So, the AMA on Snapchat was fun yesterday. More than thirty readers weighed in with questions asking everything from how I create characters to my personal political views (it’s Twitter, where so much tends to skew Trump. What can you do?). You can check it out here.   In keeping with the social media-centric posts this week, I asked the MissDemeanors to weigh in on their favorite tools were to connect with readers. Here’s what they said.  Susan Breen: I love twitter. I’ve come to the conclusion that I see the world in 140 character bites. I love the whole retweeting thing, which allows me to interact with people I might not otherwise. It’s a sort of living diary, for me. Alexia Gordon: I like Facebook and Instagram as my go-to social media tools. Conferences are how I meet readers face-to-face. Paula Munier: I interact with readers on Facebook and twitter—and that’s fun. But I really love meeting readers (and writers!) in person at conferences and bookstores and library events. Robin Stuart: Twitter is my go-to for online interactions. I’ve tinkered with InstaFaceSnap but have had the most consistent experiences with readers and writers on Twitter. I also agree with Paula. The networking and mingling at conferences and workshops can’t […]

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The New Social Media Frontiers

We all know about Facebook, Twitter and (hopefully after my last post) Instagram. But what about all the other ways to interact with readers online? How do we reach readers on new platforms?  Today, at 4 p.m., I’ll be doing something that I never tried before. I’ll be participating in a Ask Me Anything interview on Snapchat. I am hoping that the questions will focus on my books and the writing. But, it’s Ask Me Anything, so we’ll see.  According to one of the organizers of the Snapchat AMA, Author Joe Clifford, that last AMA they hosted resulted in 51,000 tweet impressions and 12,700 video views. That was nearly 6X the engagement that the author usually received from tweets.  I’ll let you know how it goes tomorrow.  In the meantime, here are some must follow book snapchatters that I learned about this morning, courtesy of BookRiot. On their list is MyBookBath, a snapchat by a Vancouver book blogger who takes videos and photos of beautiful book swag and bookshelves. BookRiot has a snapchat too that’s made lists on blogs such as iDiva. And, if you’re joining the snapchat book community, there are some lenses to try that will spruce up your posts. Barnes & […]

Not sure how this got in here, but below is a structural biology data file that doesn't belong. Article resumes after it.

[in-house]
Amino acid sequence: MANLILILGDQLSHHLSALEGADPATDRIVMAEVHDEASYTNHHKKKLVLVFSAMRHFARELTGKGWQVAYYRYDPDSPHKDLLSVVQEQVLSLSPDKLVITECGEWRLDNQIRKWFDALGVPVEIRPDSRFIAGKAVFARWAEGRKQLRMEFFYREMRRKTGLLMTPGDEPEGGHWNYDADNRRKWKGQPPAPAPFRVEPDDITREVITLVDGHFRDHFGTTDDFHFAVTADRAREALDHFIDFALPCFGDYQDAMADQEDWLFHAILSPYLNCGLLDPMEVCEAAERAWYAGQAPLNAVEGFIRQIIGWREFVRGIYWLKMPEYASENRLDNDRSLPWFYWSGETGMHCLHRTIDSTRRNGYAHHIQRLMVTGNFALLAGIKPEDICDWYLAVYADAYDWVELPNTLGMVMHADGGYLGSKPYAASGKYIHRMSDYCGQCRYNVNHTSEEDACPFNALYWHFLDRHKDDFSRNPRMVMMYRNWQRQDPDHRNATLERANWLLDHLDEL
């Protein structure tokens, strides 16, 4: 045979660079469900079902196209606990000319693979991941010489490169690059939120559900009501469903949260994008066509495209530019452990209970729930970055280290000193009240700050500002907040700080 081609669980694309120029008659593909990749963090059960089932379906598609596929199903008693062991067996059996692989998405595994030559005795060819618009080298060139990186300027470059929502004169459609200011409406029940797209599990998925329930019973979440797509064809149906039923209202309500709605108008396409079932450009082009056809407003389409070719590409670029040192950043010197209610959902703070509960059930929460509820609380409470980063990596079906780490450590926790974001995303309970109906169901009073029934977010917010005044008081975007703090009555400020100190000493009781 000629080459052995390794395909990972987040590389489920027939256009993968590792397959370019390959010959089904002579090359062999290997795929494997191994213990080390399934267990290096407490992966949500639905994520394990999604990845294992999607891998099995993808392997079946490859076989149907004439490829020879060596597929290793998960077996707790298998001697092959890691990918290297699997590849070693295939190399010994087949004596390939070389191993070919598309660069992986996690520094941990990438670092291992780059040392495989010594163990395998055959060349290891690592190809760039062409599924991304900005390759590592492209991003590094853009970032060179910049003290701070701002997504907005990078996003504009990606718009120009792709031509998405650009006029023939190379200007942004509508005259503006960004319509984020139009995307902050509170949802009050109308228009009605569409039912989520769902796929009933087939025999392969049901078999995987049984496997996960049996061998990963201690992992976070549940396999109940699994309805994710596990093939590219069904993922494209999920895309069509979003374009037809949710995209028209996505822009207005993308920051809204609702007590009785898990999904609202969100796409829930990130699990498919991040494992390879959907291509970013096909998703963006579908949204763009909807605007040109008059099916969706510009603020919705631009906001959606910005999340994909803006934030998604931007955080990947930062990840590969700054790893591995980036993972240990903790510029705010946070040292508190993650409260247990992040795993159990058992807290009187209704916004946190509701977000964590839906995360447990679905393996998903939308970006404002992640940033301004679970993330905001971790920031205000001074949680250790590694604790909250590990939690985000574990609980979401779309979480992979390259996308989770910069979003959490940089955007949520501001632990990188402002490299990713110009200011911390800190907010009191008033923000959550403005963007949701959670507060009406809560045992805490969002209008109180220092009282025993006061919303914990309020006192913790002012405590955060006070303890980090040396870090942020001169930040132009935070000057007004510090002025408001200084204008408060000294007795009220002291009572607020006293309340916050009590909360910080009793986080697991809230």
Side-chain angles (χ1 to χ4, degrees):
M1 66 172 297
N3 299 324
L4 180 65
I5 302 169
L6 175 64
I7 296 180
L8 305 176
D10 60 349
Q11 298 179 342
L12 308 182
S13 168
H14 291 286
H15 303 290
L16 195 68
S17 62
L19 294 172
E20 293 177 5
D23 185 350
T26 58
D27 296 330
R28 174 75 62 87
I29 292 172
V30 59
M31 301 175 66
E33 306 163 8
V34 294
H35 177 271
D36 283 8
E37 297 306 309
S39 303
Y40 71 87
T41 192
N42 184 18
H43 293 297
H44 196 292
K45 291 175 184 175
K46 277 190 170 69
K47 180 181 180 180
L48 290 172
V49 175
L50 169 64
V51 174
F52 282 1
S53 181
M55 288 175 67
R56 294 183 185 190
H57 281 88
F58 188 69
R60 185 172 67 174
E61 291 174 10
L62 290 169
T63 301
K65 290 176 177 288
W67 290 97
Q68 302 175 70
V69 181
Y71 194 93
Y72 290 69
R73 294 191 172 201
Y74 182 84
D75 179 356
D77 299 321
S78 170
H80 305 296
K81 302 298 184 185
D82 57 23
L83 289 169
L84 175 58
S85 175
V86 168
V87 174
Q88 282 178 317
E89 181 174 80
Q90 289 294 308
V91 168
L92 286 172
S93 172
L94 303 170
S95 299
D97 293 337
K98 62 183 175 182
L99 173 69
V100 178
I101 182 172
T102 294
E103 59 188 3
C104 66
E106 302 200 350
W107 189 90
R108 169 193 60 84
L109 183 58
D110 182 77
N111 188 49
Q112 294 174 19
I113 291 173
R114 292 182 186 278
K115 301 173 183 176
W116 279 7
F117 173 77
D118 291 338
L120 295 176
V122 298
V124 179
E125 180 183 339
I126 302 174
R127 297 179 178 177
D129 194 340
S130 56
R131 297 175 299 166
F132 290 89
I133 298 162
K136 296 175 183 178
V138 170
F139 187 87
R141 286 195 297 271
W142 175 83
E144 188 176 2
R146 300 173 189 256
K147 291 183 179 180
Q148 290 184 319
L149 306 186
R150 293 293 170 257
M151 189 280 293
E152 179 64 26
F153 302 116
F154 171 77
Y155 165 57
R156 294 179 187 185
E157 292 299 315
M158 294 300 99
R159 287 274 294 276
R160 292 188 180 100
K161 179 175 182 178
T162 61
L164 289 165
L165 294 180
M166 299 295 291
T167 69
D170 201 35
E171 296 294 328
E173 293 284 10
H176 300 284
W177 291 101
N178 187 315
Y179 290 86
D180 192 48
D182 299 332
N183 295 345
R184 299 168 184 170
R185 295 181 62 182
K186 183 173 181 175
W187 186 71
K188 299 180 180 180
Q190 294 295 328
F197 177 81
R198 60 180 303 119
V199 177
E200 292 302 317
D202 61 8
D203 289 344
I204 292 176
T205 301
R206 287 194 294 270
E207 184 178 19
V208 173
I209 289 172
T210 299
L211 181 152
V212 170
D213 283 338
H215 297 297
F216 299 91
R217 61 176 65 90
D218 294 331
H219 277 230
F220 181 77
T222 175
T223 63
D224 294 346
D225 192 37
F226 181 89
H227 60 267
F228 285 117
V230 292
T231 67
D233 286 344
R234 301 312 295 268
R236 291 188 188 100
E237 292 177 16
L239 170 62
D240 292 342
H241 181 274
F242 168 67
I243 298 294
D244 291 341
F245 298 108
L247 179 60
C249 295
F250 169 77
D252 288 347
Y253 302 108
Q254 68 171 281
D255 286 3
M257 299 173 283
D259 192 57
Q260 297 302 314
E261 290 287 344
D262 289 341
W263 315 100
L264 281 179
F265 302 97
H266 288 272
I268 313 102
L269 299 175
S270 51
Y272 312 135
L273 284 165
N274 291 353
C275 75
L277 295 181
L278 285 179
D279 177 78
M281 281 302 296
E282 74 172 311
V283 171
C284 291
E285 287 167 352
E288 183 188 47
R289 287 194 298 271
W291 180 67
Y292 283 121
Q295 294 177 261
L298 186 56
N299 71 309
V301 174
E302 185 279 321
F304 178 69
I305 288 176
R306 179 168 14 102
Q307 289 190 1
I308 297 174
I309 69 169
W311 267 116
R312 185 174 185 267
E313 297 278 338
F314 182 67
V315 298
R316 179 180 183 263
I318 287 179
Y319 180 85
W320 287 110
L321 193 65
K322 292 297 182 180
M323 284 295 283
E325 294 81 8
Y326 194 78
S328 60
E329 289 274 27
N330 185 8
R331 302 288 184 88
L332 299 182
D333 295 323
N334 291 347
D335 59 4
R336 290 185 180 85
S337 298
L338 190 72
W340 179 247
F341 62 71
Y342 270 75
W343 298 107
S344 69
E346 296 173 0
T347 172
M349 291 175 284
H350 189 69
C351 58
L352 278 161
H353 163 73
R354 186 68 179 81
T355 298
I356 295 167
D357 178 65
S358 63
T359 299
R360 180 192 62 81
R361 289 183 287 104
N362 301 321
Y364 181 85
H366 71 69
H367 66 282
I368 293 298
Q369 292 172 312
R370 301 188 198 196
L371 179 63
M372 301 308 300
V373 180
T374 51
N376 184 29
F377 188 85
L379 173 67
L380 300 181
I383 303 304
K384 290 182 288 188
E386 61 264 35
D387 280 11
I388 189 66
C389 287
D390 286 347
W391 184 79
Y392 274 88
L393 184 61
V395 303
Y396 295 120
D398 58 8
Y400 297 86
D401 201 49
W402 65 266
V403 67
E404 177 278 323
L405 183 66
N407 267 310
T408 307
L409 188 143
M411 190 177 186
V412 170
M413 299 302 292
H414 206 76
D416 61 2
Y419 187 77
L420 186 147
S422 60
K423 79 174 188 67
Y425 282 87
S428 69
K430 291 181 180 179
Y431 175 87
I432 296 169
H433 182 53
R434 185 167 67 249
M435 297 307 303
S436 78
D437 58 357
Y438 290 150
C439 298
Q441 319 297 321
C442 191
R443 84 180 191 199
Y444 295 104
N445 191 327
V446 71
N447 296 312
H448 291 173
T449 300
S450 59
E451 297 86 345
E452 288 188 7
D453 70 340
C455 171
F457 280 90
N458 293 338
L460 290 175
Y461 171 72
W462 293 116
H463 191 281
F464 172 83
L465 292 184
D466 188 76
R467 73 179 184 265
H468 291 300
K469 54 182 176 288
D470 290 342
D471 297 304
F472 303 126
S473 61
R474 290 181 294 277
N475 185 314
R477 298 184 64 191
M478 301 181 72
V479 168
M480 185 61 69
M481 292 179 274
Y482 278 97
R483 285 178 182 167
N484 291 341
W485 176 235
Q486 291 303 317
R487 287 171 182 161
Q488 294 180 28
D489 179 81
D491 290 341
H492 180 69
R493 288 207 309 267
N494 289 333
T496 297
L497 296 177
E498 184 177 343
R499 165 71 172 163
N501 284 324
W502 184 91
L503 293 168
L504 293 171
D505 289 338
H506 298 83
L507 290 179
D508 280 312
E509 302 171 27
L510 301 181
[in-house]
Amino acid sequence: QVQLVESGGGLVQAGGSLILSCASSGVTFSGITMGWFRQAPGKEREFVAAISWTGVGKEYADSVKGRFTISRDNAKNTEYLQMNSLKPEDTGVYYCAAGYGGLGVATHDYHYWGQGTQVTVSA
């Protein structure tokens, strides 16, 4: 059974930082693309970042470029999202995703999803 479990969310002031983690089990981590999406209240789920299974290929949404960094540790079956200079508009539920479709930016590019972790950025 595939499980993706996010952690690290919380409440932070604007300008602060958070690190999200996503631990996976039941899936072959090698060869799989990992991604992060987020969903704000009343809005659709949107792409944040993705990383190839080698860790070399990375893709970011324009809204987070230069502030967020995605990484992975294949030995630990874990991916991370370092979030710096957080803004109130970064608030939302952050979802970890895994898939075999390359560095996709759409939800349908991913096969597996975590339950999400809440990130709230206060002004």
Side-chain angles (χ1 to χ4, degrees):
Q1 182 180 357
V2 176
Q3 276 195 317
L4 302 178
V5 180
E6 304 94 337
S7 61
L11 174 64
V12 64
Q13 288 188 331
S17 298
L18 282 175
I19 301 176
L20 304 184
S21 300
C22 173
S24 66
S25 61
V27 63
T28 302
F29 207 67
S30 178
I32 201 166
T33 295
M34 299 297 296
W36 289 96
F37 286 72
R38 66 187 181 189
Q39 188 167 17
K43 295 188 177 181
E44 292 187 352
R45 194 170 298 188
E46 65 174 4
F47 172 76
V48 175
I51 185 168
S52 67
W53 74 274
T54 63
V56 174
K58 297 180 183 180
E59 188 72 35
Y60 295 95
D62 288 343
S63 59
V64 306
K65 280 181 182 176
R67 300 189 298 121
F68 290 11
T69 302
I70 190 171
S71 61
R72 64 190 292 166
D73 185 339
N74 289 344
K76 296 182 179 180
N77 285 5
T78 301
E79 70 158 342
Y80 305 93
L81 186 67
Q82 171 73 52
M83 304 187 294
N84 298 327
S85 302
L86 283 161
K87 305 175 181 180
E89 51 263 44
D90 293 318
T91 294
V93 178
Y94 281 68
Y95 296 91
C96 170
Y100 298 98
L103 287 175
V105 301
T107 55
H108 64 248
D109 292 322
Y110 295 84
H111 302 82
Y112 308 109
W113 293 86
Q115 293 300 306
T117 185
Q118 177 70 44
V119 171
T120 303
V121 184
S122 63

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WHEN DID EVERYONE GET SO MEAN?

  Sometimes being on social media makes me feel like I am back in high school. That is not good. I found high school to be like a four-year dental appointment. And I was considered “popular,” whatever that means. I can’t imagine the pain if you were a nerd.    “Like” me is now the unembarrassed beg on Facebook. Was your post “shared”? How many “friends” do you have? Dear lord, not that again.    But still, I engage. I’d love to blame it all on being a writer just following Jane Friedman’s latest advice (which is right on), but the truth is I get sucked into the vortex. I want to play with the big kids, be part of the fun, and sell a few books along the way. I’ve trying “getting in” with the other crowd, you know, those Twitter folks, but so far they’re not sure about me. I’ll keep trying, though.    Okay, I’ll admit it. I can actually have fun on Facebook. It’s just short of miraculous to be reconnected with people I haven’t seen or heard from in years. I love seeing photos of new babies, weddings, and puppies. Celebrating new books is like an online party. Sharing […]

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What's New in Social Media

One of the perks of being a Random House author is that you get invited to webinars where various publishing folk tell you about things they think you should know. I love going to these webinars. You don’t know who else is sitting in, of course, because you’re just looking at a screen with a picture on it, but I like to imagine Paula Hawkins sitting across from me in the void and thinking, “What if Maggie Dove met The Girl on the Train? Why don’t I call Susan and ask?” Anyway, yesterday the topic was “What’s New in Social Media.” The speaker was a young woman who handles all the social media at Penguin Random House and she had a lot of interesting tidbits. Here are some of them. 1. Share content you enjoy. (Yes, it’s okay to post all those pictures of dogs!) Readers want to know who you are and what your interests are. Social media is about getting across your personality! 2. You don’t need to be on every platform. Pick the one you like. But. If you are only going to pick only one, go with Facebook. That’s the big one, with more than a billion users. She advised authors […]